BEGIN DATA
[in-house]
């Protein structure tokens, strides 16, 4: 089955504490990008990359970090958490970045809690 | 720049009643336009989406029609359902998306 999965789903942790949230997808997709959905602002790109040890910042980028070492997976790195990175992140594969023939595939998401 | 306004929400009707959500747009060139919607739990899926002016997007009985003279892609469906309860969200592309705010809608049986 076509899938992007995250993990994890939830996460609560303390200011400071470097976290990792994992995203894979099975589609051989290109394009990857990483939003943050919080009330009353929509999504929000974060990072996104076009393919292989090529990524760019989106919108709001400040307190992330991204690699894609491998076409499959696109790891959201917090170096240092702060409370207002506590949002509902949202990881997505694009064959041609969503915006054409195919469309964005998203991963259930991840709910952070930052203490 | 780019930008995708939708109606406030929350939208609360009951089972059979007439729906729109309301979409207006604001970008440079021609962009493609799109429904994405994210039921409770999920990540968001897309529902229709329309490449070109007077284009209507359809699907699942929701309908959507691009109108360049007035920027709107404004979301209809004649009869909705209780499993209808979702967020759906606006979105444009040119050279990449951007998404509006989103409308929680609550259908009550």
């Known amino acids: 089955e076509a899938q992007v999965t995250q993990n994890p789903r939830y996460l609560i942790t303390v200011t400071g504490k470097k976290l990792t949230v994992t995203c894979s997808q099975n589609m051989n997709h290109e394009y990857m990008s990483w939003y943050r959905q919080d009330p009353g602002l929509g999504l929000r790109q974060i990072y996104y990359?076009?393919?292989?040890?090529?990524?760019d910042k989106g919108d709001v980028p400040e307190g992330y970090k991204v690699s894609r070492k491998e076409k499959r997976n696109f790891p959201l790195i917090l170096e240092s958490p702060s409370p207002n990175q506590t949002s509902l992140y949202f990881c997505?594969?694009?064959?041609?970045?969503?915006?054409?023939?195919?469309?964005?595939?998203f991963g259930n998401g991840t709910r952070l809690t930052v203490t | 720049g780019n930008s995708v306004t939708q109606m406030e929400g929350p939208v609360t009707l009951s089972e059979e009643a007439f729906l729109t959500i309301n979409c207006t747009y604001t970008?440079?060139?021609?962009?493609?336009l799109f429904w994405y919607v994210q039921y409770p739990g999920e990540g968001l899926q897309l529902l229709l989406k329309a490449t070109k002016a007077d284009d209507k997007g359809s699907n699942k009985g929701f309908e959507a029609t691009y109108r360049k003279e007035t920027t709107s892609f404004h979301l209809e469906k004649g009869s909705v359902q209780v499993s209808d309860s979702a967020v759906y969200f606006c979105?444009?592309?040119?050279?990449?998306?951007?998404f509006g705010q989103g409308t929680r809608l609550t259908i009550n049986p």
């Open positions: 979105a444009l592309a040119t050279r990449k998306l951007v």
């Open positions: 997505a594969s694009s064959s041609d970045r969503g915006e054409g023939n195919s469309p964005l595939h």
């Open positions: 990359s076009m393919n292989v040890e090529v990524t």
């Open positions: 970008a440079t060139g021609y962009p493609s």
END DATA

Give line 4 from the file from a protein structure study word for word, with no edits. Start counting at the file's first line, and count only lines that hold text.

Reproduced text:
């Open positions: 979105a444009l592309a040119t050279r990449k998306l951007v």